08
April
2015

Installing Flashing at All Joints

If you have ever gone through a roof inspection, you are probably familiar with the term flashing.  Flashing is designed to protect your home from water leaks and other natural elements near roofing joints.  When flashing is not installed properly can cause significant damage to the interior of your home, especially after a storm.

There are several aspects of roofing that, together, create a protective barrier from exterior elements seeping into the home.  Water is typically the most dangerous and concerning to homeowners.  Having a high quality roof with the appropriate draining system is the most important factor in protecting your home against water leaks.  And flashing is the roofing material that is help responsible for this task.

Flashing seals and protects the joints so that no water can seep into the home’s interior.  Joints are where the roof and roof mounted structures intersection.  Examples include the chimney, skylight, vent stacks, etc.  Because of the constant expansion and contractions of the roof due to humidity and changing temperatures, there is a serious risk of water leaks when flashing is not installed.

Flashing keeps rainwater out, making joints watertight without constricting the natural expansion and contraction of the roof system.  When a roof contractor installs flashing, all intersecting roofs and parapets and walls are covered with flashing.  Flashing is comprised of angled strips of corrosion-resistant metal that overlap.  This unique design keeps water from being trapped in corners and crevices and, thus, keeps water from getting into the home’s interior.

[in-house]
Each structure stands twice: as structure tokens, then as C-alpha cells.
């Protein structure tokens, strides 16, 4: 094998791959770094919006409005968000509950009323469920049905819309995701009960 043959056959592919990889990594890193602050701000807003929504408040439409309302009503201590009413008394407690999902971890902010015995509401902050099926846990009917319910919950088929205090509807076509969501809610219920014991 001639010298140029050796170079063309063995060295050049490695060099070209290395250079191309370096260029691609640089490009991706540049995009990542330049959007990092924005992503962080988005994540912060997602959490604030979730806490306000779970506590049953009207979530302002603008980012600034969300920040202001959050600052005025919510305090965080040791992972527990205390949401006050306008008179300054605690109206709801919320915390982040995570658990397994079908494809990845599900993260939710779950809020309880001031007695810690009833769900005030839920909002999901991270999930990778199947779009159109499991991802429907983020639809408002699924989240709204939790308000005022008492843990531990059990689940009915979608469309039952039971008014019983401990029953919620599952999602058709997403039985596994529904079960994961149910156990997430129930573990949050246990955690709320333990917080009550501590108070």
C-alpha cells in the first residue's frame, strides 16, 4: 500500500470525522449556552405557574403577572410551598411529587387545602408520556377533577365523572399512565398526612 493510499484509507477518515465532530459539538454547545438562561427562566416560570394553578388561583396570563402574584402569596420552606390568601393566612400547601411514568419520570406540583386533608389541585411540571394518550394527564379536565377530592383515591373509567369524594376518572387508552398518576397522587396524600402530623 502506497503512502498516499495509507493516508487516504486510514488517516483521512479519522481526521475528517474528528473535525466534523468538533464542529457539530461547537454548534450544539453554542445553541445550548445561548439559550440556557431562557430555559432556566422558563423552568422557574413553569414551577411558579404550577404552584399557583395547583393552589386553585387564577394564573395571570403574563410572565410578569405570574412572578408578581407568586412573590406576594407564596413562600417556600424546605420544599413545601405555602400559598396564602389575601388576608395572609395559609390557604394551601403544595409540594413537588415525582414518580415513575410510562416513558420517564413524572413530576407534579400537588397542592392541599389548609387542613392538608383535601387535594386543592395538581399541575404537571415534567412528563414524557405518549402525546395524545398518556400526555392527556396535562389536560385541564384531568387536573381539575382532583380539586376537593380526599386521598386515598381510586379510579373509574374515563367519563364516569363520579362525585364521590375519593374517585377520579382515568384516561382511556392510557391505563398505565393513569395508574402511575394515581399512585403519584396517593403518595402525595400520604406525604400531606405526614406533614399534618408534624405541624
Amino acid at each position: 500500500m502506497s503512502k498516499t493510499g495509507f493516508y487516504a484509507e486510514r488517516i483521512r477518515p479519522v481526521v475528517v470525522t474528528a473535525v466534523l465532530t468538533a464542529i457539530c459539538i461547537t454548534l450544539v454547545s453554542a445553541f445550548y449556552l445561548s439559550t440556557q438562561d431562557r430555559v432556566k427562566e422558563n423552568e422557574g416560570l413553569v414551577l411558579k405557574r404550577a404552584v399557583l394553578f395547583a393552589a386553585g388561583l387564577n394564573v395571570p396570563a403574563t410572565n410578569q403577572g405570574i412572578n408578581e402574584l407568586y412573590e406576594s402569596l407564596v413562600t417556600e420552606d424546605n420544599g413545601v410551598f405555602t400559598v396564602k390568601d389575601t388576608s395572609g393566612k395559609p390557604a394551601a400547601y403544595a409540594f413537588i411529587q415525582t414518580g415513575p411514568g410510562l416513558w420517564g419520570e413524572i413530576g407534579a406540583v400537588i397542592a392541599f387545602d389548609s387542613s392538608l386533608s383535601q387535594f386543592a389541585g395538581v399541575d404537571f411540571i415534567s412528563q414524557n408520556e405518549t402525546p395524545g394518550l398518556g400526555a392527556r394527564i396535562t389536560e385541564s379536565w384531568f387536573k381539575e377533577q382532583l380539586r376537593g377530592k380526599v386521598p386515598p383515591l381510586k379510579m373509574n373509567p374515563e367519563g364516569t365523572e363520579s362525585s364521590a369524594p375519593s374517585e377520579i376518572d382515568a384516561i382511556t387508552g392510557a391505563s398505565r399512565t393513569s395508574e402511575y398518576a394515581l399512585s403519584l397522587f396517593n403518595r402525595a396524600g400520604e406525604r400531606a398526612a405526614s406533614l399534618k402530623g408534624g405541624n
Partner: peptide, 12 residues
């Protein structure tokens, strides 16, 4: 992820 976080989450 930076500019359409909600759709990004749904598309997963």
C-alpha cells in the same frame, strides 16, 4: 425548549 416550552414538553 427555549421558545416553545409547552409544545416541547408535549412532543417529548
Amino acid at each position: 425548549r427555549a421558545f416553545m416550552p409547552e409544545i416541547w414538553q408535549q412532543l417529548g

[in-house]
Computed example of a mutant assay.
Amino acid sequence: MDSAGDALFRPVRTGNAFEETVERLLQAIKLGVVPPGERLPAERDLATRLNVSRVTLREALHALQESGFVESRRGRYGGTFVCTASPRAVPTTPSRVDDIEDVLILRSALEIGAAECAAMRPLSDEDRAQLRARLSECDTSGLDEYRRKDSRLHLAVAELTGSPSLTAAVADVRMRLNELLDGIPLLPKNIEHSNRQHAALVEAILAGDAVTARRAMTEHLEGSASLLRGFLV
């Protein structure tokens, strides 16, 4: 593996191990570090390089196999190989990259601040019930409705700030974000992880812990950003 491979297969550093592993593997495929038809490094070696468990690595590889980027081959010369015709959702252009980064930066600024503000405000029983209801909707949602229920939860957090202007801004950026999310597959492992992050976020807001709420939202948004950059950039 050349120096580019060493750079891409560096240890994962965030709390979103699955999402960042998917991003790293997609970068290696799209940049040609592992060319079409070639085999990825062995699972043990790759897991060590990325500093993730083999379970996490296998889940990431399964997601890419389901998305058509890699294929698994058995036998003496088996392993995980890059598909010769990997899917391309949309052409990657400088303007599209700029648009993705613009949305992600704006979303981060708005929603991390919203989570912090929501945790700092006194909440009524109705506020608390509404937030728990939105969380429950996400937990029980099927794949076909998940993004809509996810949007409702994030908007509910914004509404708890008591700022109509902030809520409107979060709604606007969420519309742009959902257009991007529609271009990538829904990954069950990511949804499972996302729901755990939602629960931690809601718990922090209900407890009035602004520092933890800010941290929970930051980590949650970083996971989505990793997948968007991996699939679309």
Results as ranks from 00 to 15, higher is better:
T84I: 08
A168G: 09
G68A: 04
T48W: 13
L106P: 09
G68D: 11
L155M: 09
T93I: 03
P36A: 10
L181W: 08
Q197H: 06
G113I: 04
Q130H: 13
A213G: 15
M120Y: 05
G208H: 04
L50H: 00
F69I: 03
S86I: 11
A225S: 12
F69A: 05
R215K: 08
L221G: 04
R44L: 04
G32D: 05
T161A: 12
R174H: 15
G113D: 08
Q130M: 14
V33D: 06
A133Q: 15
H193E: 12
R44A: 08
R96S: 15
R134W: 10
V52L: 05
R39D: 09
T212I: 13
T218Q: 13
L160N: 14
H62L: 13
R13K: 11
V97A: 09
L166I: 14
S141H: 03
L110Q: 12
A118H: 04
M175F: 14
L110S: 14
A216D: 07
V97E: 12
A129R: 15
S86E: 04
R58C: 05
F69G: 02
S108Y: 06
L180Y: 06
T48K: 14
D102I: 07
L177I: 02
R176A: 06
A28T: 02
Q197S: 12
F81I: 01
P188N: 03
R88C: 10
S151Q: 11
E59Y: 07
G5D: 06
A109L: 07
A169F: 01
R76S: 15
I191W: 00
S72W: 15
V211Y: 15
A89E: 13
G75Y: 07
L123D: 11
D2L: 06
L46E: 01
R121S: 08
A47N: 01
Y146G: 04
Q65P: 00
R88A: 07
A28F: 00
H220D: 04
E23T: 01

Base flashing and cap flashing make up the entire flashing system.  Base flashing is what attaches to the roof.  This L-shaped piece of metal extends underneath the roofing material and up the vertical surface.    Cap Flashing is then attached to the projection or wall and overlaps with the base flashing.  This creates a barrier that water cannot penetrate.

One of the most common locations on the roof for flashing is valleys.  Valleys are where different roof slopes intersect.  Valleys are problematic because the intersections create low spots where water tends to pond and get underneath roofing material, which causes significant damage to the roof structure. 

Typically, corrosion-resistant metal lines valleys and forms a type of flashing.  The lining needs to extend beneath the adjacent roofing materials to prevent leaks.  In open valleys, strips of sheet metal are placed in the valley angle and roofing material is lapped over it.  This creates layers of barrier to protect the home against water and other elements.

Closed valleys, however, are restricted to specific roofing materials.  They are less common and much more complex.  Using closed valleys, flashing is arranged underneath the roofing material.  It is invisible, but still effective in keeping the joint watertight.

Flashing is crucial in protecting the home from water damage.  At Joe Hall Roofing, our contractors are trained and educated in the different techniques of placing flashing to ensure that homes and businesses are safe and secure.

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    1925 W. Pioneer Parkway
    Arlington, TX 76013-6187
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